Spend five minutes with State Rep. Tram Nguyen (D-18th Essex) and you see the bright future of this country. Her immigrant journey not only radiates a classic American success story, but also the obligation one immigrant feels to those who have followed.
Nguyen (pronounced WIN) was five years old when her family “had no choice” but to leave Vietnam and then settle in Lawrence with less than $100. Twenty-five years later, she became the first Vietnamese-American woman elected to the Massachusetts legislature.
Talking to her now, it’s not a surprising achievement, but when they arrived in 1992 that might have been harder to predict.
“After the war ended my father (who fought on the losing South Vietnamese side) was in a reeducation (prison) camp for eight years. Even after his release, he was completely blacklisted,” said Nguyen. “He then struggled for nine years in Vietnam to make a living, but could not.”
Arriving as a five year old, her first memories of life here are admittedly vague. But she does remember struggling to learn English and “being bullied” because she could not pronounce words.
While her English at the Wetherbee School in Lawrence came quickly, her parents’ struggle to earn a living lasted a few years longer.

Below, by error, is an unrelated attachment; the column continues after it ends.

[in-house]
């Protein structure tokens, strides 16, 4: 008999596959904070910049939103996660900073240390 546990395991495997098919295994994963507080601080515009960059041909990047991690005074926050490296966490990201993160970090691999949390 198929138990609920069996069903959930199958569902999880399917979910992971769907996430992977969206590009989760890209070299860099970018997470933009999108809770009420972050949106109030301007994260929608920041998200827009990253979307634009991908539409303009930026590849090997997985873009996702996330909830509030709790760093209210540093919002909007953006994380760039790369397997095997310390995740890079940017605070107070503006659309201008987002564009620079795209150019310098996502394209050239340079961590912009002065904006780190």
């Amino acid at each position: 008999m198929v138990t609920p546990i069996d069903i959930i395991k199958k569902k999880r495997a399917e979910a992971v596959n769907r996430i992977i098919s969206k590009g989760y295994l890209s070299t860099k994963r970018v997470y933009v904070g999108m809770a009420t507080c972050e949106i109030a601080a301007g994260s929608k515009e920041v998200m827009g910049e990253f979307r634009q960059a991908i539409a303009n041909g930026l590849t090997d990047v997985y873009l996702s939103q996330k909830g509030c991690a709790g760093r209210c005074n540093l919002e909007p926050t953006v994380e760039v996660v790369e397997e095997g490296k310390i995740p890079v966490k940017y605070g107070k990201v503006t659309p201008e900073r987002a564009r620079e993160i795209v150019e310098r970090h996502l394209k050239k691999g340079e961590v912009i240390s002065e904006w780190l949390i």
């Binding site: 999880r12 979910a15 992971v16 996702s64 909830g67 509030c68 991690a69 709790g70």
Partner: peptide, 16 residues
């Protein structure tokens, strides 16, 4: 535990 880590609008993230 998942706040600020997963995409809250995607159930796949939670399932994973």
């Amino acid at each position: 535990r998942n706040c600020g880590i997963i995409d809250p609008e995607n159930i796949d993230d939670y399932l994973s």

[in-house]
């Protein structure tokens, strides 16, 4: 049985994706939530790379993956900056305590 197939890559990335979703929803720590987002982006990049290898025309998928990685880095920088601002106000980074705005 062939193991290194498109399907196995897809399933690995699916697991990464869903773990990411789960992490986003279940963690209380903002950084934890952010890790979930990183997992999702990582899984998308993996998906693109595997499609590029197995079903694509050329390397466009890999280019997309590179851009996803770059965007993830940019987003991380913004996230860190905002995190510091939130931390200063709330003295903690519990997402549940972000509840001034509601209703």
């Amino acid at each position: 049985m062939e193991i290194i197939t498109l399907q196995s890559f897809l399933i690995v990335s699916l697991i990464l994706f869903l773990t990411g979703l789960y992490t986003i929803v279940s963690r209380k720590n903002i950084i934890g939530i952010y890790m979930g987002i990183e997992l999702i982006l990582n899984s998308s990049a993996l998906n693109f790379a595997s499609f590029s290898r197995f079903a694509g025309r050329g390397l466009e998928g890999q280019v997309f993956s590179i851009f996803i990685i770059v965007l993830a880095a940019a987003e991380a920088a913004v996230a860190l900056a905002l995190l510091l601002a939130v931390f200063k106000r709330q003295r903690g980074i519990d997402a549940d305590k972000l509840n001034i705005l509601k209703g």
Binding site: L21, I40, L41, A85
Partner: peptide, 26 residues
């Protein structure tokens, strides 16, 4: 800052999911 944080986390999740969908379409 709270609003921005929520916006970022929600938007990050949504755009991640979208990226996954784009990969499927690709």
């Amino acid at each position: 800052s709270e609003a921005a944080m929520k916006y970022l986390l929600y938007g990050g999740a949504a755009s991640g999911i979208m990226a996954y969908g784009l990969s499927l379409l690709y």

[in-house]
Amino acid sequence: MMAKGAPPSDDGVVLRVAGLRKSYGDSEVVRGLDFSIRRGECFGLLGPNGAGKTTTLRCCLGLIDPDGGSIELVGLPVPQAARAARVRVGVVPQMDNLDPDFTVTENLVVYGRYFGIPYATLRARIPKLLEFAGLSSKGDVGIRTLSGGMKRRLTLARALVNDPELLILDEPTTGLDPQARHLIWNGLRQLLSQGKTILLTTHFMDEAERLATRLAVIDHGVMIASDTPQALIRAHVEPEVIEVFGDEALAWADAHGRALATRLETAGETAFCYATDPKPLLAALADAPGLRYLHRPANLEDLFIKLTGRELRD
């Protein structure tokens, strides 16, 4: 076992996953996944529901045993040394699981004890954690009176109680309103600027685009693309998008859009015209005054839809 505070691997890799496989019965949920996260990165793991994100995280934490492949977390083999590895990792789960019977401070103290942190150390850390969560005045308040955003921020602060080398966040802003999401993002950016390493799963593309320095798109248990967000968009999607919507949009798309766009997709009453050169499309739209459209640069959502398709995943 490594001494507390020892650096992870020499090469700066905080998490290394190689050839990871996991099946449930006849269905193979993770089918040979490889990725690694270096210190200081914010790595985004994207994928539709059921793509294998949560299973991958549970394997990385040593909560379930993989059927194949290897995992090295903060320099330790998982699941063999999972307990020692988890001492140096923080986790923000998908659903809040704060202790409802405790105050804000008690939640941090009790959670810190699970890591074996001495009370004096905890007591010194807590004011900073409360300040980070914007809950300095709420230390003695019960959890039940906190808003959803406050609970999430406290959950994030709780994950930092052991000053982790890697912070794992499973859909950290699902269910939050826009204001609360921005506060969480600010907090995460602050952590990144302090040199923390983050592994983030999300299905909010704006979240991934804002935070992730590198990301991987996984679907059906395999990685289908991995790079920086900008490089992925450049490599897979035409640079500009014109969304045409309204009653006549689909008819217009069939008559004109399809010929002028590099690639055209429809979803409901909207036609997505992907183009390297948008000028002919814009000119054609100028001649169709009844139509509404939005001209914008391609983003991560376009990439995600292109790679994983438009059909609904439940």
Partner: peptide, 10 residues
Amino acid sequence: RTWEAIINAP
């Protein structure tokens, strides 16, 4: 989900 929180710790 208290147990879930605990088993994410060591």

“My parents worked odd jobs. I am not ashamed to say we were on welfare at first,” she said. “That is why I believe having a safety net is still so important to move people out of poverty.”
Living in public housing just a 10 minute walk from Lazarus House, it was among the places her family turned for help at the holidays from Project Bethlehem, which enables families to have gifts for Christmas.
“We had no money, but we would get presents from Lazarus House,” she said. Not only did it allow them to share the experience of children around them, “We believe it’s a season for families to celebrate blessings in their households.”
She and her sister now “pay it forward,” by helping with gifts so that families today can have Christmas. “We remember what a difference it made for us,” she said.
While Nguyen is the first in her family to finish college, not going was never an option.
“My parents had sacrificed everything so we could have those opportunities,” she said. “We were going to make something of ourselves.” Nguyen graduated from Tufts and then Northeastern University Law School.
Working as an attorney with Greater Boston Legal Services was her first exposure to advocacy, seeing the impact of their work on the lives of current immigrants and low income families. It also shaped her decision to run for public office.
“As an attorney with GBLS, I did policy work. I had to meet with representatives and senators to explain why these things are important,” she said.
Rep. James Lyons, who she defeated, “seemed to oppose every single bill I ever worked on without giving me a chance to explain to him why they were important.” Knocking on doors again and again throughout a district which goes from Tewksbury to Boxford, she defeated him easily.
In office she now prioritizes labor rights, domestic violence and climate change, along with reproductive rights and the opioid crisis.
But her immigrant roots are never far from her thoughts. “I am setting an example. There has never been another voice like mine, because of my background. I hope I can inspire others like me to see themselves as perhaps running for office someday.”